The holiday season is coming back around faster than ever, and I find gift giving a particularly interesting phenomenon. Gifts are a funny thing, and the holidays are a time of year that is both inspiring, and one that tends to leave a foul taste in my mouth. This isn’t a fruitcake joke – the consumerism mentality and heavy advertising leaves much to be desired when I look at the true “spirit” of the holidays. Conscious or not, the consume mindset plays a big part in the way I end up spending for the holidays.
Putting all the connotations of “consumerism” aside for a moment, I want to touch on why and how I justify opening up my wallet and spending money on people that I care about during the holidays. In a simple sentence: I like buying gifts for people, but I don’t like receiving gifts. This particular blog entry touches on the personal finance approach towards gift giving.
Gifts, to me, to a certain extent – are a financial investment (with non-financial returns). A poignant financial cliché is the statement: “Money can’t buy happiness.” While in a wishy washy sense, this is true; this doesn’t imply that money isn’t useful in achieving happiness. My investment strategy during the holidays is a little bit of the opposite of this overused mantra.
Investing to me is the act of putting in an initial sum of value, and betting that the returns when you “cash out” on the initial investment is larger than the original sum. Gift giving – to me, is a similar idea. I have no problem “investing” X amount of dollars in the people I care about, assuming I get that value plus interest in return. This is a bit of a silly comparison, since returns on friendship are difficult to valuate, but this is a (the?) portion of my personal finances that I’m OK not tracking down to the cent.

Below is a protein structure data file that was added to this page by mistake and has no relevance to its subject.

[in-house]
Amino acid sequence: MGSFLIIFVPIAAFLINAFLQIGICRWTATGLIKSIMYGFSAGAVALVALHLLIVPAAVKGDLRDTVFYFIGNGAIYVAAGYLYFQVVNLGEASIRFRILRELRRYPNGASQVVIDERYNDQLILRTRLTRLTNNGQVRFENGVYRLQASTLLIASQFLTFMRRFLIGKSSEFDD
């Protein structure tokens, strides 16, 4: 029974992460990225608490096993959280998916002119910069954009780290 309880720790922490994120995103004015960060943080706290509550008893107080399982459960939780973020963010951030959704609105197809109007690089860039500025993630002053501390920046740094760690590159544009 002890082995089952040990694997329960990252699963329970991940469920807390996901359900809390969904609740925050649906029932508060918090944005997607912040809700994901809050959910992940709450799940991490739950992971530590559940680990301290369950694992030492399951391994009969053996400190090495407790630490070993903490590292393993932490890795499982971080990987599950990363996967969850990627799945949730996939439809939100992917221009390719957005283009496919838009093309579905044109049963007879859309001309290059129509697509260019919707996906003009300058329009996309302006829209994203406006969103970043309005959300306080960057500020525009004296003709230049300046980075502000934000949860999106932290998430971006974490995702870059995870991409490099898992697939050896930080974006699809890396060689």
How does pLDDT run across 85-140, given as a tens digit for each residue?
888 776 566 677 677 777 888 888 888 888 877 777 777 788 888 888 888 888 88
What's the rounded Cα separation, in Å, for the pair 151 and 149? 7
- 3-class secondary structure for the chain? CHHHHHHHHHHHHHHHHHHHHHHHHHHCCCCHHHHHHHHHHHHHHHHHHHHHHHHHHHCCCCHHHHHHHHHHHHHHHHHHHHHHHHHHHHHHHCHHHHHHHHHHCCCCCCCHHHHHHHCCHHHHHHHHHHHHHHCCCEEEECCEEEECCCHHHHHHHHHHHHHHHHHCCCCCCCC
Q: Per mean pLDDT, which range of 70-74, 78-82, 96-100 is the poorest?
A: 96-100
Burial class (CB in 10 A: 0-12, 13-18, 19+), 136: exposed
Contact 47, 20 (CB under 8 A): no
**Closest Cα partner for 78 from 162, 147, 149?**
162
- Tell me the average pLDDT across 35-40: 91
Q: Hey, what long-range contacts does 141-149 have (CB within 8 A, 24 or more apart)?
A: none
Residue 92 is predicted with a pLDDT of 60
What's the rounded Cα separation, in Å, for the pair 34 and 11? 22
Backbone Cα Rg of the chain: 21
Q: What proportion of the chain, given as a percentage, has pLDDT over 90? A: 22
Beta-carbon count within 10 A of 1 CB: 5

This leads to an oddity in my “investment strategy” during the holidays. I tend to buy things for people who aren’t necessarily (on an absolute scale) my closest friends, but perhaps people I’ve taken a particular interest in, or friends which I see exceptional potential in. This is why (generally speaking) each year, I’ll get a gift for someone that probably wouldn’t have expected one from me. I think this pseudo-spontaneous gift giving is probably the most “fun” aspect of the holiday season for me. If you’re reading this, and you happen to receive one of these unexpected gifts – don’t feel guilty. Read the caveat from Part I of II. With that said, though, I generally limit my gift “budget” to a relatively select number of people. However, I actually find a sense of dissatisfaction with the people in my life which I’m more or less “obligated” to get gifts for. This is one of the “foul tastes” I described above. I get an added boost of enthusiasm when I’m able to find a thoughtful, or inspired gift for someone, but when I’m not in the mood or inspired to shop for someone, I find this more dampening to the holiday spirit than anything else. I’m not going to dwell too much on this point, though – It’s the negative portion of the consumerism mentality where we should be focusing on compassion and charity instead.